“At CFS, we build strong families.”
“A growing number of families are facing increasingly complex challenges.”
“Help us support vulnerable families.”
“We welcome everyone.”
These are statements you hear from us all the time. We use them to define our purpose and invite you to participate with us through giving, volunteering, and helping us get the word out. You’ve heard them a lot while we’ve been raising money for the 5 for Humanity Fund.
If you’ve ever wondered what those challenges are, or what exactly makes an individual or family vulnerable or strong, you’re not alone. Maybe you’ve even wondered which category you might fit in.
Through this post, we hope to provide more information about how we see and respond to vulnerability.
What is Vulnerability?
We support vulnerable individuals and families, but what makes someone vulnerable is a combination of multiple factors:
Understanding vulnerability as a formula helps to see how something that only feels inconvenient for one family might quickly destabilize another. It can also mean a family that has otherwise been strong and stable for years can go through an experience that can tip them into vulnerability.
The added complication here is that life is rarely a series of one challenge at a time. Often one challenge can trigger or be compounded by additional difficulties.
Experiences Can Contribute to Vulnerability
The experiences that can contribute to the vulnerability of individuals and families are things that many of us will experience. Understanding that experience or life events are only a part of the equation can explain why some can navigate the challenges while others find them overwhelming.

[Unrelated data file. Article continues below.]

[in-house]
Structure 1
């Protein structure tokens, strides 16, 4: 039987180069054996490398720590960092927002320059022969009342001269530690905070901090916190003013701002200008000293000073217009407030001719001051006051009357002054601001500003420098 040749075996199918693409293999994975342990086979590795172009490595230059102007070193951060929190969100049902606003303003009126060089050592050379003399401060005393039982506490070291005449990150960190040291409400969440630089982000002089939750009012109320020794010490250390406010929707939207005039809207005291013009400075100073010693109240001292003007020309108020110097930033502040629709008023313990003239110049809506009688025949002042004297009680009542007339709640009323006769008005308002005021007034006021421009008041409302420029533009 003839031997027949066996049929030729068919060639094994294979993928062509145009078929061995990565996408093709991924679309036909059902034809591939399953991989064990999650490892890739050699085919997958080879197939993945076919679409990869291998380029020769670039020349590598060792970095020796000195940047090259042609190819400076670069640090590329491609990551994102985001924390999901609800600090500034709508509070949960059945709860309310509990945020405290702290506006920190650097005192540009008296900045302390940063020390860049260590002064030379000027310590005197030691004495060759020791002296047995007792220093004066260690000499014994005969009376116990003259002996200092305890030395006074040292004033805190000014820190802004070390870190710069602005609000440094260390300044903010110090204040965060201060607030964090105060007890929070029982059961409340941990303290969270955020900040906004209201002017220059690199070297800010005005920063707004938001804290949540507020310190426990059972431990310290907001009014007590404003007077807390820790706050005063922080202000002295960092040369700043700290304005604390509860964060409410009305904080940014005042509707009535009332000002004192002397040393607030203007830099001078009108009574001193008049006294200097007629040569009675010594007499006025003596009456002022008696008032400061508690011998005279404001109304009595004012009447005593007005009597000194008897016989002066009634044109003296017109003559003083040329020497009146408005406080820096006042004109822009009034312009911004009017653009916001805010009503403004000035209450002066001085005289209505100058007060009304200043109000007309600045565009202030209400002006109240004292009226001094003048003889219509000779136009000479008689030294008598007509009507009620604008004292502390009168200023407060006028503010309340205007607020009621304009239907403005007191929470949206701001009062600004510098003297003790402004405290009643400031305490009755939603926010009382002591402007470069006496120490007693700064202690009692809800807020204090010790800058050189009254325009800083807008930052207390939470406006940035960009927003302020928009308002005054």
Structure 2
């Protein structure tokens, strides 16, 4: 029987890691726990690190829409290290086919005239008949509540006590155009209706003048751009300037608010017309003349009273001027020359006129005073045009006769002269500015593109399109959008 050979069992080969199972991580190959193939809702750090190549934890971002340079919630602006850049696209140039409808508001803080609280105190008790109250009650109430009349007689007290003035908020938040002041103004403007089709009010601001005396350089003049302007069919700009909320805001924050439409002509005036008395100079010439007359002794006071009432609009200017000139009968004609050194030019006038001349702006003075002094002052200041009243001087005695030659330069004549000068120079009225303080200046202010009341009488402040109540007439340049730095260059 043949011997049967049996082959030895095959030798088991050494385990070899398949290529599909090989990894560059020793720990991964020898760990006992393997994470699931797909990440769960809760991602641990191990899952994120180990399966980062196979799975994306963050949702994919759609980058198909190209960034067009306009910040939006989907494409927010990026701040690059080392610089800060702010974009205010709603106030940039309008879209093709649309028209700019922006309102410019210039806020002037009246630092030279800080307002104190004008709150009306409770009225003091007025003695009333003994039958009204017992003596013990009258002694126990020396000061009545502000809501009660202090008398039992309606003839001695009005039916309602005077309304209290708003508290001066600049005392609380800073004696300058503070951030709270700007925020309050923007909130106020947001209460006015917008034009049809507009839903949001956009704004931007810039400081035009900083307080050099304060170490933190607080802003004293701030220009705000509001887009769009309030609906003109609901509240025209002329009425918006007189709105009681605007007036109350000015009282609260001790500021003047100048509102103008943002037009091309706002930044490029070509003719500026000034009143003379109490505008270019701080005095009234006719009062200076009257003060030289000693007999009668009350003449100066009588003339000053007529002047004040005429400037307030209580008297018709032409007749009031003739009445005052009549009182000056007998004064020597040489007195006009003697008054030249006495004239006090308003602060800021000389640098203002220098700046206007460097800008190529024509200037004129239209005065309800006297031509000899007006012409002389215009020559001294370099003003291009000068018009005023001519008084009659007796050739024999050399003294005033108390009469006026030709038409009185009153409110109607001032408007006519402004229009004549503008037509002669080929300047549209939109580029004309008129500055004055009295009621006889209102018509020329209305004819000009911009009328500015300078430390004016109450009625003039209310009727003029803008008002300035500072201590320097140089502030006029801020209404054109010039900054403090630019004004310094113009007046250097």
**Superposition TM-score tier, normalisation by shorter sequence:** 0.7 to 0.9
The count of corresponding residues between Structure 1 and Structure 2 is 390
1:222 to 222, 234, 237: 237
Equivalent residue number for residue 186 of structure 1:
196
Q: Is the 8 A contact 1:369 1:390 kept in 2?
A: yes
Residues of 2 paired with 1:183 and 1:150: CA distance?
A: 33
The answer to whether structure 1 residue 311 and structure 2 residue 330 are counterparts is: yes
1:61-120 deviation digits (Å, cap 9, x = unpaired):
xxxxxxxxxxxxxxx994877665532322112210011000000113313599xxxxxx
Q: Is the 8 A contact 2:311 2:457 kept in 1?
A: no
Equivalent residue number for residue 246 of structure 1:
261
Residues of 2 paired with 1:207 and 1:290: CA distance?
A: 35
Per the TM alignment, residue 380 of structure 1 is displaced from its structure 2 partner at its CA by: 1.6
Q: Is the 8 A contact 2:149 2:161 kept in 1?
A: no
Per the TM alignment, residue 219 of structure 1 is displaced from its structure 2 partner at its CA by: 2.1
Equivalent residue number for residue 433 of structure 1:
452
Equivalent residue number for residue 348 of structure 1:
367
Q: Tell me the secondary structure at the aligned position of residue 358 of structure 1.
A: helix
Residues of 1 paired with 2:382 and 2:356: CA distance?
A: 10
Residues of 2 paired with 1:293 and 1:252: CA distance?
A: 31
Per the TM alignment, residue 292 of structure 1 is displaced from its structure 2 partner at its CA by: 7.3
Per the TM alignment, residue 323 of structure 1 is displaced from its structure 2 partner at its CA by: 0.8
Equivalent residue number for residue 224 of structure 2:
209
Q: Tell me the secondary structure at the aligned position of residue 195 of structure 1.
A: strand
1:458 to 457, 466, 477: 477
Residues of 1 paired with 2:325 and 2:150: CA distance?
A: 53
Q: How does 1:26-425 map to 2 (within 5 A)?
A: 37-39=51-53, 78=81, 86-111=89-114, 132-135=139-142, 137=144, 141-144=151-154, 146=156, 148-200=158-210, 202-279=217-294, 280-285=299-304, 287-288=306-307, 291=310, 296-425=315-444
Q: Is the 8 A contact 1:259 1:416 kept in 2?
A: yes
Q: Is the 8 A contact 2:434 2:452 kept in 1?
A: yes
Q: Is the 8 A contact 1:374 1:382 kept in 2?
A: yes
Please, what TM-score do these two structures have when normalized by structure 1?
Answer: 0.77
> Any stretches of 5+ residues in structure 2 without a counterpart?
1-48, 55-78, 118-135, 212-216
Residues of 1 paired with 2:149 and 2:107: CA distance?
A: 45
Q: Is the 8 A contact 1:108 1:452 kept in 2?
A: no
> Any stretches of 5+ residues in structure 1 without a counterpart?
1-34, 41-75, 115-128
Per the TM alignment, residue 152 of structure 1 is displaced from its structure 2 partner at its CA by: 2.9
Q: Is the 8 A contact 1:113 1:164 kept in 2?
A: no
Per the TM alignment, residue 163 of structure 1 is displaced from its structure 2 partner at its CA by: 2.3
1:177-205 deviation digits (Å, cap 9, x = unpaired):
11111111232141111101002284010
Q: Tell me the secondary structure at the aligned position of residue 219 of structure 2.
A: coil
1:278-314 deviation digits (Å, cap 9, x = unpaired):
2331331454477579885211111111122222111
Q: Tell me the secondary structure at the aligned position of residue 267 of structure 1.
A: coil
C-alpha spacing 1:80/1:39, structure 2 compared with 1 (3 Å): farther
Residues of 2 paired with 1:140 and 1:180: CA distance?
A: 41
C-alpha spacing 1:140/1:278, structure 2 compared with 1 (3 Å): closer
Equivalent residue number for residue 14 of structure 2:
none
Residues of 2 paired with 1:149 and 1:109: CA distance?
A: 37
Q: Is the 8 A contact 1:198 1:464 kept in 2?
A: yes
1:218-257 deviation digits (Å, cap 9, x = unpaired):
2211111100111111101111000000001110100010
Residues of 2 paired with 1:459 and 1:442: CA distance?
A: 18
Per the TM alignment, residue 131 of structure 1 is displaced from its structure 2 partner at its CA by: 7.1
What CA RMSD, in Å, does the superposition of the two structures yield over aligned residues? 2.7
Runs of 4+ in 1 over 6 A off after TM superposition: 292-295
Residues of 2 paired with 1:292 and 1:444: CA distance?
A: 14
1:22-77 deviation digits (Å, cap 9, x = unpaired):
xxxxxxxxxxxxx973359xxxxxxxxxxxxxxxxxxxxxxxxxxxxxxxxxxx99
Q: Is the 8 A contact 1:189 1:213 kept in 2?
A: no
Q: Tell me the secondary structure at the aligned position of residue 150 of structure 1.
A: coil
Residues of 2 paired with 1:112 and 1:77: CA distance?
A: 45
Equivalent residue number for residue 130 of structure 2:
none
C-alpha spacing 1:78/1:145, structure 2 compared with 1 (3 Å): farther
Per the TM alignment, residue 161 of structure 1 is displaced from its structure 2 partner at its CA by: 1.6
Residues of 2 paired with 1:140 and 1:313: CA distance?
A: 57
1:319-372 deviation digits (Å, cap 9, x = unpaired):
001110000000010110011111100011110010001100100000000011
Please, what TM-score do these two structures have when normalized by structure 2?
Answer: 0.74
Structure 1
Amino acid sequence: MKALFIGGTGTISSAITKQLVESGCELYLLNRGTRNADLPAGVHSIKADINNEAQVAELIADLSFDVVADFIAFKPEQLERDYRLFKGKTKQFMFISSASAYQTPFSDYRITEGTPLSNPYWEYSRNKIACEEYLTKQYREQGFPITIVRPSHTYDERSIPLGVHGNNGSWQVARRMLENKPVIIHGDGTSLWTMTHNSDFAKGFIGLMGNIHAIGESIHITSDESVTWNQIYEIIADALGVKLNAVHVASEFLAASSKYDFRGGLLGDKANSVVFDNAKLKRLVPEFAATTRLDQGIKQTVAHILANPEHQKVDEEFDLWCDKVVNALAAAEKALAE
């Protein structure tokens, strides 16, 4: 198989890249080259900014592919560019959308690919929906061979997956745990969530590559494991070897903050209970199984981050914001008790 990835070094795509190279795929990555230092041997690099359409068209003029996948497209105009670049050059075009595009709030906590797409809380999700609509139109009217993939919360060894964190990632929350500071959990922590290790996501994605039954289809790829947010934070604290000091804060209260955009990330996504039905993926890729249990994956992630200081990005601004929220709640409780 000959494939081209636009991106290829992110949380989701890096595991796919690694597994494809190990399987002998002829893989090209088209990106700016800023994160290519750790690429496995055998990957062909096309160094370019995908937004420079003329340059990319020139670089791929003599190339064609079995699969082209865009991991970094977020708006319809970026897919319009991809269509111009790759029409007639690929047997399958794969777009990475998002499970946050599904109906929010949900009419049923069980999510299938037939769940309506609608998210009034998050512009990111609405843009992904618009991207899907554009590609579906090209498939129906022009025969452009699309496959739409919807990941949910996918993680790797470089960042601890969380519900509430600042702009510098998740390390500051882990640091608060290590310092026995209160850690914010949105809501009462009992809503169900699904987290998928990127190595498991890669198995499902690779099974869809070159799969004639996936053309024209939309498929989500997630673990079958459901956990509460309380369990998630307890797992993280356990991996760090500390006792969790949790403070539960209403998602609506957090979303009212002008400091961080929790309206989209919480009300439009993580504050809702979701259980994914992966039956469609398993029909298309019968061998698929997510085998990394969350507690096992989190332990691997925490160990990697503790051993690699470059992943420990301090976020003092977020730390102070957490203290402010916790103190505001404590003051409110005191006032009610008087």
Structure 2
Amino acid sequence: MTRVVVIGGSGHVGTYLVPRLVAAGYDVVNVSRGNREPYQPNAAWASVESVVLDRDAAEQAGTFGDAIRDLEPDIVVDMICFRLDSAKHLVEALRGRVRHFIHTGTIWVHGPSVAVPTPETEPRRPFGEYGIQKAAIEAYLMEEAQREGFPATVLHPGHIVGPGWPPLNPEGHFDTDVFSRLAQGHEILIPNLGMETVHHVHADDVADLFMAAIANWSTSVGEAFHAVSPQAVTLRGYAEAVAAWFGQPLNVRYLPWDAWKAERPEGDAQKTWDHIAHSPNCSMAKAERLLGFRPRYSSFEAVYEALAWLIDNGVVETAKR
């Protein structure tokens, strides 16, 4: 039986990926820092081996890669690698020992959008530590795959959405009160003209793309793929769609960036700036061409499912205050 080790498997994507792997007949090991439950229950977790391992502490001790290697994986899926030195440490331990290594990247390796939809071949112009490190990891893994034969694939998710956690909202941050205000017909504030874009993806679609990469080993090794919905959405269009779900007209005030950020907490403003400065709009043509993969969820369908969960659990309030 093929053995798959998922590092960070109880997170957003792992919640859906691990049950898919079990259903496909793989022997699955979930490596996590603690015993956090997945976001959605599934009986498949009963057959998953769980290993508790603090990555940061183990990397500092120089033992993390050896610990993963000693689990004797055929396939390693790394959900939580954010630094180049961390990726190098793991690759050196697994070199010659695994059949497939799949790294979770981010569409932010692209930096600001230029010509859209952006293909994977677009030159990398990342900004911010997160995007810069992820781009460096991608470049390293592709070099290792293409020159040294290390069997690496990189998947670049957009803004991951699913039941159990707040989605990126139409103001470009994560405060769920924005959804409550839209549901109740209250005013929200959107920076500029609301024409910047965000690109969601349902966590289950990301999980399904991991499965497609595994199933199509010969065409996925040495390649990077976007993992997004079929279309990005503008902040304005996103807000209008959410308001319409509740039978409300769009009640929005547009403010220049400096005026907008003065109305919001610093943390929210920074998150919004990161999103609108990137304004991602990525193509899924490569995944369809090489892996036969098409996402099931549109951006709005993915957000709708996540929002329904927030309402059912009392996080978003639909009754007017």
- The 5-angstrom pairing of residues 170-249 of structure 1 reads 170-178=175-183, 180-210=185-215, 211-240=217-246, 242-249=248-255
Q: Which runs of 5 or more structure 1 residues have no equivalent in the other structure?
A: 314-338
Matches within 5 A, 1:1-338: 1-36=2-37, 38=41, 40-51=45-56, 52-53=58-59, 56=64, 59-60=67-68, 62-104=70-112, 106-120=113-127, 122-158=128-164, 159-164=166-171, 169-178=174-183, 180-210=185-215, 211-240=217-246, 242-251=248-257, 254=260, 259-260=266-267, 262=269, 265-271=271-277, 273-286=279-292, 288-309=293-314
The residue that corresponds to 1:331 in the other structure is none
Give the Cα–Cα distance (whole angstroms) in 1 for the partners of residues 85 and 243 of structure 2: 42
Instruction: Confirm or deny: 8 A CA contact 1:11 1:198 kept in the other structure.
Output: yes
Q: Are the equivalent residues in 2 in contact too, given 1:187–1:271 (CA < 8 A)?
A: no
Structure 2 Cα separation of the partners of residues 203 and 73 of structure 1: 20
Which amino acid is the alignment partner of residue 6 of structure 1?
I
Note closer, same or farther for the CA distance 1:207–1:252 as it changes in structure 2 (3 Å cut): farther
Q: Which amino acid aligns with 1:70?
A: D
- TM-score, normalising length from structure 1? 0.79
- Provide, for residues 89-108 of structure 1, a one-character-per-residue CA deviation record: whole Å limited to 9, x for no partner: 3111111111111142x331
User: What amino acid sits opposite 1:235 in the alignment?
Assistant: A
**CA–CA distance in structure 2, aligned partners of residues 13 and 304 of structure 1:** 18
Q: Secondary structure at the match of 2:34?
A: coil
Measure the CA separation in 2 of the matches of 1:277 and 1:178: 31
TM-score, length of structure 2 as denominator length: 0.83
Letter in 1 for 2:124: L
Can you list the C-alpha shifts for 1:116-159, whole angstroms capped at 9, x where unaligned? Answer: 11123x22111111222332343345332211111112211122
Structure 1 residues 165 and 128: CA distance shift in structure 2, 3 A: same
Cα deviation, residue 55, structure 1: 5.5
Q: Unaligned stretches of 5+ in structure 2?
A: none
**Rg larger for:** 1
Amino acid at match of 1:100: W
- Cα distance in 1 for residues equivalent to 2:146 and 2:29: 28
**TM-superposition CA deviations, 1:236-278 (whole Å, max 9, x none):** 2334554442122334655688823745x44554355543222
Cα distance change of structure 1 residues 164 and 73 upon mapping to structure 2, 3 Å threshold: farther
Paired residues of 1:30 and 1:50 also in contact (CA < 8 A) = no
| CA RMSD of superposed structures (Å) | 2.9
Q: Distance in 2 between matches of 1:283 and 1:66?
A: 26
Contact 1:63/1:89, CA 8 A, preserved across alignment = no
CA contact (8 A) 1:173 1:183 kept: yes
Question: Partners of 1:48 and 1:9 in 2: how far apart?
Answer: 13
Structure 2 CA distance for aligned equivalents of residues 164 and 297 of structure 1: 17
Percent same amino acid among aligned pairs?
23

Some of the experiences that can shake individuals and families include
- Death of a sibling, parent, child, or other loved one
- Job loss
- Getting passed over for a promotion
- Being a victim of a crime
- Chronic pain
- Public humiliation
Risk Factors can Multiply the Impact of Experiences
Some of the experiences listed above, like the death of a loved one, are things every one of us will experience. So, it isn’t the experience itself that makes us vulnerable. There are other factors that affect how we experience it.
- Our mental health. By age 40, about 50% of the population will have or have had a mental illness (https://www.camh.ca/en/driving-change/the-crisis-is-real/mental-health-statistics)
- Addictions or substance abuse. In any given year, 1 in 5 Canadians experiences a mental illness or addiction problem (https://www.camh.ca/en/driving-change/the-crisis-is-real/mental-health-statistics)
- The attachment and support we received as kids or the lack of it. The single most common factor for children who develop resilience is at least one stable and committed relationship with a supportive parent, caregiver, or other adult (https://developingchild.harvard.edu/science/key-concepts/resilience/)
- Our level of social isolation. Almost one-in-five (18%) Canadians aren’t confident they’d have someone they could count on for emotional support during times of personal crisis (http://angusreid.org/wp-content/uploads/2019/06/2019.06.14_Loneliness-and-Social-Isolation-Index.pdf). A growing body of research suggests that loneliness is as big a risk factor for premature death as smoking or alcohol consumption (https://journals.plos.org/plosmedicine/article?id=10.1371/journal.pmed.1000316)